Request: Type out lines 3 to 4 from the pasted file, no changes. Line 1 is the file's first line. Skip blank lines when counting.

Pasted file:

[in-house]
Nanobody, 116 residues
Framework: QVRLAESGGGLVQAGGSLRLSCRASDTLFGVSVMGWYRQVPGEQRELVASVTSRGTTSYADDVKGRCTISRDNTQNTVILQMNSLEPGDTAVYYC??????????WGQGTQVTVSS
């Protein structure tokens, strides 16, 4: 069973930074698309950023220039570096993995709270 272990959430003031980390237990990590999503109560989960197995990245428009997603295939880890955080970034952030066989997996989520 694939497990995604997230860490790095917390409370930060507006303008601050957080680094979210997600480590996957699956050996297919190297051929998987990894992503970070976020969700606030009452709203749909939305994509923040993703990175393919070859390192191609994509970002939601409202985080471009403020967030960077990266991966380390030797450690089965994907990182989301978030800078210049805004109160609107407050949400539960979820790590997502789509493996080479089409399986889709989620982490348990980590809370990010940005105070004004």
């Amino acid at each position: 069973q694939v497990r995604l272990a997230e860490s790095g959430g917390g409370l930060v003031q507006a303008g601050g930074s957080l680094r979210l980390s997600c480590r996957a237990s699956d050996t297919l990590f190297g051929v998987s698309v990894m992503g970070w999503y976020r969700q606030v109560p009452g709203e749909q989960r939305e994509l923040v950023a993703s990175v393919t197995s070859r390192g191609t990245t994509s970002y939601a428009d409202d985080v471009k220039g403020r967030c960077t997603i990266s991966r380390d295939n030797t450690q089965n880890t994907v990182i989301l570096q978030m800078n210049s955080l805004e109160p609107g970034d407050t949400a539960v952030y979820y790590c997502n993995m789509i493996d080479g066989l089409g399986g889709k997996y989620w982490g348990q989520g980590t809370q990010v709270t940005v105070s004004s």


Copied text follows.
Framework: QVRLAESGGGLVQAGGSLRLSCRASDTLFGVSVMGWYRQVPGEQRELVASVTSRGTTSYADDVKGRCTISRDNTQNTVILQMNSLEPGDTAVYYC??????????WGQGTQVTVSS
């Protein structure tokens, strides 16, 4: 069973930074698309950023220039570096993995709270 272990959430003031980390237990990590999503109560989960197995990245428009997603295939880890955080970034952030066989997996989520 694939497990995604997230860490790095917390409370930060507006303008601050957080680094979210997600480590996957699956050996297919190297051929998987990894992503970070976020969700606030009452709203749909939305994509923040993703990175393919070859390192191609994509970002939601409202985080471009403020967030960077990266991966380390030797450690089965994907990182989301978030800078210049805004109160609107407050949400539960979820790590997502789509493996080479089409399986889709989620982490348990980590809370990010940005105070004004």